I am an inexperienced logician, so I may be completely missing something major in this question. I also may be misconstruing the idea of decidability. However, I was wondering if all 6 of the remaining Millennium Prize Problems are decidable in the sense of Gödel. If any of the associated theories were not decidable, wouldn't that have farreaching applications in the world of mathematics? Thanks in advance, and I hope that my question makes sense.
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There are very few results which allow us to know that a mathematical claim will be provable or disprovable within ZFC without actually proving or disproving it. To the best of my knowledge, the only exceptions are theories which have quantifier elimination. Few^{1} open mathematical problems which people are interested in are of this sort, and none of the Millenium problems are. So any of the Millenium problems could be independent of ZFC (except for the Poincare conjecture, because it has been proved!) You might be particularly interested in Scott Aaronson's survey on whether or not it is likely that $P \neq NP$ is independent of ZFC. ^{1} Here is an example of a question which I know is decidable in ZFC, yet whether the answer is "yes" or "no" is open.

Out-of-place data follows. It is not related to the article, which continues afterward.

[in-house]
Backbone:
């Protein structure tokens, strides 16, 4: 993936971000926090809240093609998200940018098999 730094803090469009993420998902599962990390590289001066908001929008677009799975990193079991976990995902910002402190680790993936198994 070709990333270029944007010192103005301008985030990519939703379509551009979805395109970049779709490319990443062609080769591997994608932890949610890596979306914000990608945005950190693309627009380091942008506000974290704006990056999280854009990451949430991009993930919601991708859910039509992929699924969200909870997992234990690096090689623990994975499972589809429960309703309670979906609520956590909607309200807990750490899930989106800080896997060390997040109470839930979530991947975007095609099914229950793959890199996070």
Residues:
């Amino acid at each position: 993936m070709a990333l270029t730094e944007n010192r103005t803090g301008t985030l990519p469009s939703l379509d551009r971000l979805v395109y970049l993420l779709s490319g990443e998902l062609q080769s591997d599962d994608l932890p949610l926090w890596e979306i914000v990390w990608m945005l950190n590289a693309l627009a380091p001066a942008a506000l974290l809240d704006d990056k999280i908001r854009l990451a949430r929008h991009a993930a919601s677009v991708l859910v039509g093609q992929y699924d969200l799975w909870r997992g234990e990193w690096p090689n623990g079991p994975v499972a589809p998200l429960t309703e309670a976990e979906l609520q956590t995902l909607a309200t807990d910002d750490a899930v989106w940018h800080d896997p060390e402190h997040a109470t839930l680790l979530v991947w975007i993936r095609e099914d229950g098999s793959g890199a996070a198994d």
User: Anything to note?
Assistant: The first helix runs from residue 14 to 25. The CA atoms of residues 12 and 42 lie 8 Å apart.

This is the a first order question about real numbers, so it is decidable by Tarski's theorem. The analogous result for four dimensional vectors was only obtained in 2003; if you can get the answer for $5$ dimensions, it should be publishable in a good journal. I think this about as interesting a question as one can find which is definitely settleable in ZFC, yet still open. Most questions mathematicians care about are not of this form (and, in my opinion, are much more interesting). 


Most of the Millennium Prize Problems are individual problems, with a single yes or no answer. Decidability as a question only really makes sense in the context of a countably infinite family questions, where you can ask whether it's decidable which of those questions should be answered yes.